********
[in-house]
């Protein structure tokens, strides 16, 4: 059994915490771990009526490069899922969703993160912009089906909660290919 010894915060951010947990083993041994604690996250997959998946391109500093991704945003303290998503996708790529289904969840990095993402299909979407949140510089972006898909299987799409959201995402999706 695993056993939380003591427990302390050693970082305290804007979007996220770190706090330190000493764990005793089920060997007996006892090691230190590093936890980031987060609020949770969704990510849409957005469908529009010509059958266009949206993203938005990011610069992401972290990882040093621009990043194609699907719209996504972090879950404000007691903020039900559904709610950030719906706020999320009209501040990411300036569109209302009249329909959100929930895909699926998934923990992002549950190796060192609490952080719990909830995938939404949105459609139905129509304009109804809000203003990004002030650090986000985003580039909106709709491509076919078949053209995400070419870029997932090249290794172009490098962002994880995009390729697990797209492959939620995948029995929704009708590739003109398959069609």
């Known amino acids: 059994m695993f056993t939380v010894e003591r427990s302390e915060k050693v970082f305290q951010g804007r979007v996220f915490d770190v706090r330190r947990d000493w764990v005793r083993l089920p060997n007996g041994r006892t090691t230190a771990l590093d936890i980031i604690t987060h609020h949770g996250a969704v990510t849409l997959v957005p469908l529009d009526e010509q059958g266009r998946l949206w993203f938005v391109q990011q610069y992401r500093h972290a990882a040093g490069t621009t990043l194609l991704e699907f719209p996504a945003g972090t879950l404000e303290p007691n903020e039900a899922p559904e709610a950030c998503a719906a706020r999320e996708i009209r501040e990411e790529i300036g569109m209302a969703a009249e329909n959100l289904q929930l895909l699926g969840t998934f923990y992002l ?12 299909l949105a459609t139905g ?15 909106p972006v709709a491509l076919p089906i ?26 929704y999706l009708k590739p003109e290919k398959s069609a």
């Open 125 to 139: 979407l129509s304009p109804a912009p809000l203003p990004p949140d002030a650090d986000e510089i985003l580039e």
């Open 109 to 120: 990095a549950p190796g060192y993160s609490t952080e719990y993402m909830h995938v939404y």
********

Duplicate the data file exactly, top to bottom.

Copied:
[in-house]
């Protein structure tokens, strides 16, 4: 059994915490771990009526490069899922969703993160912009089906909660290919 010894915060951010947990083993041994604690996250997959998946391109500093991704945003303290998503996708790529289904969840990095993402299909979407949140510089972006898909299987799409959201995402999706 695993056993939380003591427990302390050693970082305290804007979007996220770190706090330190000493764990005793089920060997007996006892090691230190590093936890980031987060609020949770969704990510849409957005469908529009010509059958266009949206993203938005990011610069992401972290990882040093621009990043194609699907719209996504972090879950404000007691903020039900559904709610950030719906706020999320009209501040990411300036569109209302009249329909959100929930895909699926998934923990992002549950190796060192609490952080719990909830995938939404949105459609139905129509304009109804809000203003990004002030650090986000985003580039909106709709491509076919078949053209995400070419870029997932090249290794172009490098962002994880995009390729697990797209492959939620995948029995929704009708590739003109398959069609």
């Known amino acids: 059994m695993f056993t939380v010894e003591r427990s302390e915060k050693v970082f305290q951010g804007r979007v996220f915490d770190v706090r330190r947990d000493w764990v005793r083993l089920p060997n007996g041994r006892t090691t230190a771990l590093d936890i980031i604690t987060h609020h949770g996250a969704v990510t849409l997959v957005p469908l529009d009526e010509q059958g266009r998946l949206w993203f938005v391109q990011q610069y992401r500093h972290a990882a040093g490069t621009t990043l194609l991704e699907f719209p996504a945003g972090t879950l404000e303290p007691n903020e039900a899922p559904e709610a950030c998503a719906a706020r999320e996708i009209r501040e990411e790529i300036g569109m209302a969703a009249e329909n959100l289904q929930l895909l699926g969840t998934f923990y992002l ?12 299909l949105a459609t139905g ?15 909106p972006v709709a491509l076919p089906i ?26 929704y999706l009708k590739p003109e290919k398959s069609a």
């Open 125 to 139: 979407l129509s304009p109804a912009p809000l203003p990004p949140d002030a650090d986000e510089i985003l580039e």
């Open 109 to 120: 990095a549950p190796g060192y993160s609490t952080e719990y993402m909830h995938v939404y």